Slave Lake Zinc recently acquired a significant historical database of its O’Connor Lake project. This covers pre-1952 information on the property. The company’s technical team and geological consultants have been analyzing the historical data by applying a modern exploration interpretation, and merging it into Slave Lake’s own comprehensive database. The combined information will be used to formulate its 2023 exploration strategy, which will include detailed geophysical surveys, geologic mapping and sampling, prospecting, and the prioritizing of drill targets.
In a significant development, on February 14, 2023, Slave Lake announced that data analyzed from the recently acquired historical database revealed occurrences of coarse-grained pegmatites on the O’Connor Lake property. While the company was aware of the pegmatites from the work of Dr. Prusti and government geologists, management was not previously permitted to discuss this information without the historical data to support it.
The pegmatites occur primarily as dykes, but also occur as masses in complex multiple-phased intrusive granitic environments. No exploration has occurred on these pegmatites, but there is the potential to host lithium-bearing spodumene mineralization, the critical indicator mineral for lithium potential.
The pegmatites suggest the host rocks in the O’Connor Lake area are similar to the granitic intrusive complex in the Hearne Channel-Beaulieu River area located on the northern side of Great Slave Lake. These are currently being aggressively explored by Li-FT Power Ltd. (CSE: LIFT). This revelation adds another element to Slave Lake and diversifies the company’s battery metals focus.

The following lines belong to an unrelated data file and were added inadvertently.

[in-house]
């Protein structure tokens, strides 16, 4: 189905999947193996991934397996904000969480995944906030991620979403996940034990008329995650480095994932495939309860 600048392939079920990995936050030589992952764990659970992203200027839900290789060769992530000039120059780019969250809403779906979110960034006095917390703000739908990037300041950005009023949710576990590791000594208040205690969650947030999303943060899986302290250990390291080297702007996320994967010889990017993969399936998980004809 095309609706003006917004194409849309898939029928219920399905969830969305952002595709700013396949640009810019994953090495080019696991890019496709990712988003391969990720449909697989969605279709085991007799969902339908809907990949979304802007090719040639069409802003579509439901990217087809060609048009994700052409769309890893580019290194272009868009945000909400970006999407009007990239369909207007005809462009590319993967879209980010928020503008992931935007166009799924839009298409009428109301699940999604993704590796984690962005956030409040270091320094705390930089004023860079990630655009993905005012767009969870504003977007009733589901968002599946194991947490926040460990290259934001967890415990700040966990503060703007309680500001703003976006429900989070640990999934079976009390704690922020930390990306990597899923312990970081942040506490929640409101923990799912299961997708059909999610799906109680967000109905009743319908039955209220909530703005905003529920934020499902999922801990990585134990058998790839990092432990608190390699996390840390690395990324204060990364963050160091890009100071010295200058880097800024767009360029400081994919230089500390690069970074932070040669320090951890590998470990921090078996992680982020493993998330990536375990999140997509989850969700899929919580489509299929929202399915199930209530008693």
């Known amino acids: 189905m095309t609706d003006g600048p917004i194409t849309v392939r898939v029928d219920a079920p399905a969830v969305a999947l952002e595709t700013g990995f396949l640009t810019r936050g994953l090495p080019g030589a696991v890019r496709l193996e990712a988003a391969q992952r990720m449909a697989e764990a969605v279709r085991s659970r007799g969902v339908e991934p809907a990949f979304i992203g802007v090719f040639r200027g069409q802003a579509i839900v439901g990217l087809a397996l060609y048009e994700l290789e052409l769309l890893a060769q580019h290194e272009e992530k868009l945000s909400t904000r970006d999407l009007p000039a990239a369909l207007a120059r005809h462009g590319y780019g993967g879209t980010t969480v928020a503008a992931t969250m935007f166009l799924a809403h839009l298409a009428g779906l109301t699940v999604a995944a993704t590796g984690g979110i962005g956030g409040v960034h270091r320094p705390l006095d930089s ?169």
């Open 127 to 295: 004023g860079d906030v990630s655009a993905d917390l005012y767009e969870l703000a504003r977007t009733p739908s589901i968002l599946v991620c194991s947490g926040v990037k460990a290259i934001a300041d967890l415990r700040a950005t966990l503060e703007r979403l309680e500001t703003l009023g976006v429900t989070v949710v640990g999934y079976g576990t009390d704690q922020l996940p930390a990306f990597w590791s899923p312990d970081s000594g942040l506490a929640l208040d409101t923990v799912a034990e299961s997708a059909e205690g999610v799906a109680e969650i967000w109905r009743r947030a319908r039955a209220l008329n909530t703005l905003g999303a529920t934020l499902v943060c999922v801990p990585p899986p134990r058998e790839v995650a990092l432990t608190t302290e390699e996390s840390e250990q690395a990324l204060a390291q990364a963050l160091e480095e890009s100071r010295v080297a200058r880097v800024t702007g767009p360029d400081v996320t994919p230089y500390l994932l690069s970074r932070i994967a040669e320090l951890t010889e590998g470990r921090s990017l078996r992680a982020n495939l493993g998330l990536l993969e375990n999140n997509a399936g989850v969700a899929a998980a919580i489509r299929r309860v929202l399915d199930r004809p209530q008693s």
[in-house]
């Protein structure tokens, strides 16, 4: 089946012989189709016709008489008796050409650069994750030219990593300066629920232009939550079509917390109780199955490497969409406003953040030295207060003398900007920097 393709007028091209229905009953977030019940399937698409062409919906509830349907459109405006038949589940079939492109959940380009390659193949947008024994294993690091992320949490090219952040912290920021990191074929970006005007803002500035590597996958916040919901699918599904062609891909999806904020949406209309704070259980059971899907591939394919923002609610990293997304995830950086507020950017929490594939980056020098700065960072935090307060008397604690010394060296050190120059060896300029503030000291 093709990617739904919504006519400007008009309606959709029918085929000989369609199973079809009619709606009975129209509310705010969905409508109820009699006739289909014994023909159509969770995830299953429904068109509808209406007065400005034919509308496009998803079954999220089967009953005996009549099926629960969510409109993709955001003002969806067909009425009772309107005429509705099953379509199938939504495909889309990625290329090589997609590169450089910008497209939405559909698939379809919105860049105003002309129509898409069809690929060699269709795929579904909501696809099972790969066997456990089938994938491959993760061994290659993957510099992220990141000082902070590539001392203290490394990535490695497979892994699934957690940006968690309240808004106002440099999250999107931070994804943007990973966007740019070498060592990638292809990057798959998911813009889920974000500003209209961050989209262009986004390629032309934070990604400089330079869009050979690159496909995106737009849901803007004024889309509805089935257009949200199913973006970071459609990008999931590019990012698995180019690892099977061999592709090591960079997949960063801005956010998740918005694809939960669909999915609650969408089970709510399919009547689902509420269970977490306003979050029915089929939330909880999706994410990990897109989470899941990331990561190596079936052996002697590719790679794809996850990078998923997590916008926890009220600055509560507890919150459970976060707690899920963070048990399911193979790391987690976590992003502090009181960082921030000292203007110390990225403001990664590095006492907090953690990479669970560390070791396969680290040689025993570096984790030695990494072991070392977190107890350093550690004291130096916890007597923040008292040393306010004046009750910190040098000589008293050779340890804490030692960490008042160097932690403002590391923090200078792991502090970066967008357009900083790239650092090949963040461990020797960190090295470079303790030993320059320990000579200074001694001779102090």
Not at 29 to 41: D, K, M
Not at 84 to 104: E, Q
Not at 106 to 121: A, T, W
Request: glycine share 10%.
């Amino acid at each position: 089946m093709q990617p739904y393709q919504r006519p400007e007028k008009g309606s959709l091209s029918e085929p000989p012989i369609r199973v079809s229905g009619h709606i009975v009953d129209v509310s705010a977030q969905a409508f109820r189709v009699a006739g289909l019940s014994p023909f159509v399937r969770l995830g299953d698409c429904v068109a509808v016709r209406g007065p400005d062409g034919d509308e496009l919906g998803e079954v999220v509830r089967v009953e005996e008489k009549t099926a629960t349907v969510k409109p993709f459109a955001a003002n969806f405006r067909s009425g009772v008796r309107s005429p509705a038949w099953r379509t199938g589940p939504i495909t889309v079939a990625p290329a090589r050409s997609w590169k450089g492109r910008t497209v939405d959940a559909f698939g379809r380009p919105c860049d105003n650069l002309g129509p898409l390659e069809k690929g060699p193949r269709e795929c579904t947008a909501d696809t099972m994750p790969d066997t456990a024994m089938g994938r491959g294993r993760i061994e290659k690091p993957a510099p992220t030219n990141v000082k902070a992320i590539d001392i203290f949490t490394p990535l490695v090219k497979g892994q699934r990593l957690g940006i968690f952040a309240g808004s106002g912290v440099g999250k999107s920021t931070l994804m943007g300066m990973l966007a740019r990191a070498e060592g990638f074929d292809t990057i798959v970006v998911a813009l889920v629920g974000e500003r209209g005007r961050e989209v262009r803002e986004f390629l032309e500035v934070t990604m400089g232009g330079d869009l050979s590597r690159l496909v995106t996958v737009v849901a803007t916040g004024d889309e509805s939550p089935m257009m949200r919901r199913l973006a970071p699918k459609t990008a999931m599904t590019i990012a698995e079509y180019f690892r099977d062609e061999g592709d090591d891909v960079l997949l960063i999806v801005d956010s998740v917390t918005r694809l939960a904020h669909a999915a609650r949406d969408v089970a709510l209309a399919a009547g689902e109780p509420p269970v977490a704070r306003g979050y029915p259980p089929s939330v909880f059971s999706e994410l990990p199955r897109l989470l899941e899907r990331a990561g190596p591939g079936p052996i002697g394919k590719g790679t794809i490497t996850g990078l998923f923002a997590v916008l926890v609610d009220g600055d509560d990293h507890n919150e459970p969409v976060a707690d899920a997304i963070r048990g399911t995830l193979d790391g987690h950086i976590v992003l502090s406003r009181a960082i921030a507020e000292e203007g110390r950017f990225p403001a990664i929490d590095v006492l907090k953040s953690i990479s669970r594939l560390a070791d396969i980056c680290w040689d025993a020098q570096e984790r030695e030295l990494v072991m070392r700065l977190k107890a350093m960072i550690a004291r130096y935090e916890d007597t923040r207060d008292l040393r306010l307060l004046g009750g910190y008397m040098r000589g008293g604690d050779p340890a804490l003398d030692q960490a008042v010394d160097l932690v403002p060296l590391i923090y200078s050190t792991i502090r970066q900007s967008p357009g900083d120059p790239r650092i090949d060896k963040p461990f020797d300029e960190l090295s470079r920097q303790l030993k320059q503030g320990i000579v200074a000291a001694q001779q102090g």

2023’s Prospecting and Development Program
Once the historical data is assimilated and correlated with the company’s database, Slave Lake Zinc will prepare for a major follow up prospecting and development program in 2023. The firm is to employ modern exploration techniques to follow up on the vein structures that were delineated prior to 1952, with only simplistic drilling, trench sampling, and underground methods.
Due to its massive land position, Slave Lake Zinc will undertake a systematic approach to expanding and delineating the mineralized zones. Geophysical data supports the notion that there are many potentially interconnected mineralized vein systems, and that the O’Connor Lake property might be one massive deposit.
The Path to Economic Prosperity
The influx of recent exploration activity is creating some renewed confidence in the future of NWT’s economic growth. The reopening of the Pine Point Mine will create many jobs and help boost the local economy, while providing the NWT government much needed royalty revenues..
Slave Lake Zinc has a massive land position to explore. The sheer size of the property will require years of exploration activity, with the potential of hosting multiple deposits that could eventually support mining. The discovery of pegmatites could unlock the lithium potential of the Slave Lake region on both sides of the lake.
New discoveries of lithium, zinc and other critical minerals could attract a wave of exploration companies seeking new deposits. This could position the region to become a potentially reliable source of the battery metals that the North American EV and battery industries are clamoring for.
In the mining industry, success tends to breed success. As the old adage goes, the best place to explore for a new mine is near an existing mine. The potential demise of the NWT diamond industry is prompting the government to support exploration initiatives across a variety of metals, in order to develop a broader and diversified economy.
All this activity, with some success, could go a long way to securing a sustainable economic future for the Northwest Territories and its inhabitants.
FULL DISCLOSURE: Slave Lake Zinc is a client of Canacom Group, the parent company of The Deep Dive. The author has been compensated to cover Slave Lake Zinc on The Deep Dive, with The Deep Dive having full editorial control. Not a recommendation to buy or sell. We may buy or sell securities in the company at any time. Always do additional research and consult a professional before purchasing a security.